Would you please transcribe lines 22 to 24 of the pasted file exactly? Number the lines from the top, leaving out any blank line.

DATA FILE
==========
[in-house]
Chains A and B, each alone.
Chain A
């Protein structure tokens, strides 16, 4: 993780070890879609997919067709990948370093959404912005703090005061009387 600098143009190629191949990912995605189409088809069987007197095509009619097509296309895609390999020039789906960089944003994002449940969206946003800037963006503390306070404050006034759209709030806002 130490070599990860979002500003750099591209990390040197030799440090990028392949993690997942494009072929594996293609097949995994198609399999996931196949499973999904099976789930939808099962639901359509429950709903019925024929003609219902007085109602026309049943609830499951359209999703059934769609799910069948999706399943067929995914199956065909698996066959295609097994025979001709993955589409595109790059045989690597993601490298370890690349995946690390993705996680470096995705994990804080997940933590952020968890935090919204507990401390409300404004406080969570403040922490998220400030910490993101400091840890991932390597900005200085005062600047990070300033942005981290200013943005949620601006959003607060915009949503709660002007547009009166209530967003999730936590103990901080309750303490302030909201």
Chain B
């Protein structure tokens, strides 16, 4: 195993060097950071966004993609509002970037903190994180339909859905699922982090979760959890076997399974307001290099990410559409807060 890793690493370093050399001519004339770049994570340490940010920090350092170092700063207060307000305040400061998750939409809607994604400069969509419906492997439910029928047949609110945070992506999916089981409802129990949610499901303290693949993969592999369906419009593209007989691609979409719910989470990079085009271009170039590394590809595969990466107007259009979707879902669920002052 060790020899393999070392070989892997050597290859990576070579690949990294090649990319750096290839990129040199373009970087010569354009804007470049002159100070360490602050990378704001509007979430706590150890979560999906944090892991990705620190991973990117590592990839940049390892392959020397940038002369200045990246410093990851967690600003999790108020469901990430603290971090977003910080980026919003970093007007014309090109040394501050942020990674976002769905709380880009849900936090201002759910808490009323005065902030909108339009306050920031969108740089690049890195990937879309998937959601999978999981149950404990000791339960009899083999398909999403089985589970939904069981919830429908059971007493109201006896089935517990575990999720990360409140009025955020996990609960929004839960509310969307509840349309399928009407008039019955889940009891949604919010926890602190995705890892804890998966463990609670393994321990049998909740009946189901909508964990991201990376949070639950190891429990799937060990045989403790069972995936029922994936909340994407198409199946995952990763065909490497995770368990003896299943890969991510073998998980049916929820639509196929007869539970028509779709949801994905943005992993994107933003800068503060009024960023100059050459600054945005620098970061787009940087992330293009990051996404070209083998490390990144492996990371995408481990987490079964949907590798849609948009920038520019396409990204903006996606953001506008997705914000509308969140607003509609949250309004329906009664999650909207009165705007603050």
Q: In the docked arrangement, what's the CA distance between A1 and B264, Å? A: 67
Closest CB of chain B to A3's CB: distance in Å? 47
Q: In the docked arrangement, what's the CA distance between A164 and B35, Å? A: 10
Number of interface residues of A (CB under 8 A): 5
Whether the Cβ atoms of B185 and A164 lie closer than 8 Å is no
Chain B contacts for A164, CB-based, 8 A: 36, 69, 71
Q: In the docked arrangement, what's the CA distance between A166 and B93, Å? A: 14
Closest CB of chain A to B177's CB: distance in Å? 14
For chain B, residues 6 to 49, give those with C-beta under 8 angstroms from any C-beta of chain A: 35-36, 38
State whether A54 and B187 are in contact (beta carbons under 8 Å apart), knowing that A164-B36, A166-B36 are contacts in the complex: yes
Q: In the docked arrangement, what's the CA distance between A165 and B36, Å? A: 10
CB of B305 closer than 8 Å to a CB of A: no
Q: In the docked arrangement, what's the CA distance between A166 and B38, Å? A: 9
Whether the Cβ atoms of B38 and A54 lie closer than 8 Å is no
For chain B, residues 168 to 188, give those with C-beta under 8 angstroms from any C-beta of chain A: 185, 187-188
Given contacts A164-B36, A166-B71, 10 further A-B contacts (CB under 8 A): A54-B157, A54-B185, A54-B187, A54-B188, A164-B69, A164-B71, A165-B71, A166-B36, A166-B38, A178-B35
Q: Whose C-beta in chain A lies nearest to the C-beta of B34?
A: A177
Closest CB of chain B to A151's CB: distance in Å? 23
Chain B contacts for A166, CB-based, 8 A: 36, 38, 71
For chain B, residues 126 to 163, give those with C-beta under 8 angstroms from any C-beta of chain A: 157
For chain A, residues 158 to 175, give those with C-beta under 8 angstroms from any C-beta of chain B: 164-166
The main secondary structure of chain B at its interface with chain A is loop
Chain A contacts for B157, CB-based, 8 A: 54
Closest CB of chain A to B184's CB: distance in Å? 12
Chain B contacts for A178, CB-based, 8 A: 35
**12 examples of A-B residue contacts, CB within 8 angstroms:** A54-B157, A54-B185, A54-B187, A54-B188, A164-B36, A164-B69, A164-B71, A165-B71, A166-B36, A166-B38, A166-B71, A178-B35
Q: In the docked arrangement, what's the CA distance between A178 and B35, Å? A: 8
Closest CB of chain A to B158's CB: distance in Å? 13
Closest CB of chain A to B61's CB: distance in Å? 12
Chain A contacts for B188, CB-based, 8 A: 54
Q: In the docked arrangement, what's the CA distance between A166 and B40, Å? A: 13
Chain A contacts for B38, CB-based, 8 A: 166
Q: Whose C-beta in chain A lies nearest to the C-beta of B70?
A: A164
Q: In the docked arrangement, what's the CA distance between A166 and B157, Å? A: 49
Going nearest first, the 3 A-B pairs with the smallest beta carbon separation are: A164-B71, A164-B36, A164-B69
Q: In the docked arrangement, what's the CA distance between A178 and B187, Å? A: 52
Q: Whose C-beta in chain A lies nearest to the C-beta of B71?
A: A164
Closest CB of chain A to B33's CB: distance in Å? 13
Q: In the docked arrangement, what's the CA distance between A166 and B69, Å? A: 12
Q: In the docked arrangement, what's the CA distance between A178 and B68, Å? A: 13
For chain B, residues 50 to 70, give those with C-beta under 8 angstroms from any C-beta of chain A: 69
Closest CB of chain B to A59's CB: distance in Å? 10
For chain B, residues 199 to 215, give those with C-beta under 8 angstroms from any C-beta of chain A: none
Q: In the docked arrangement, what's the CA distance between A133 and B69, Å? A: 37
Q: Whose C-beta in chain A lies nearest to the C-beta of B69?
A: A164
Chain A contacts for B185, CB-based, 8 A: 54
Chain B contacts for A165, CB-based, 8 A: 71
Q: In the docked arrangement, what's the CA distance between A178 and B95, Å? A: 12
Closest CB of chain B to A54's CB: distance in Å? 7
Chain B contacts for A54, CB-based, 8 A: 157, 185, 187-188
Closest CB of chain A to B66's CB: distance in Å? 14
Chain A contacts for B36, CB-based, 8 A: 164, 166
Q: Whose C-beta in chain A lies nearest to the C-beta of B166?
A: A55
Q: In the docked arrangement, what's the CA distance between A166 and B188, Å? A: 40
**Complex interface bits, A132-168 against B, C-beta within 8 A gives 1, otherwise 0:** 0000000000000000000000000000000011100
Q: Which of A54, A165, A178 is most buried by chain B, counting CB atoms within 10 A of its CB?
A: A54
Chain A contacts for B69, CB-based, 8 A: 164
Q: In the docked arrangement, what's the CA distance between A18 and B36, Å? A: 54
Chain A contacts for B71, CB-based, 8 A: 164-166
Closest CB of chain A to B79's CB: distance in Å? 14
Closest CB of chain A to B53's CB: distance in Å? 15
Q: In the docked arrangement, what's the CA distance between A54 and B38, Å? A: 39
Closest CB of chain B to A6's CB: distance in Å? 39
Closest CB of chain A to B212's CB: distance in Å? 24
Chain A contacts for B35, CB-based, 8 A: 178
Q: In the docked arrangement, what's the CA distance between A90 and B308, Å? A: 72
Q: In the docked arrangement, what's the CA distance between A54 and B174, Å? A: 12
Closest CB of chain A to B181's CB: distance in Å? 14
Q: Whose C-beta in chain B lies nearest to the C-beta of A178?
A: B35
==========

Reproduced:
Given contacts A164-B36, A166-B71, 10 further A-B contacts (CB under 8 A): A54-B157, A54-B185, A54-B187, A54-B188, A164-B69, A164-B71, A165-B71, A166-B36, A166-B38, A178-B35
Q: Whose C-beta in chain A lies nearest to the C-beta of B34?
A: A177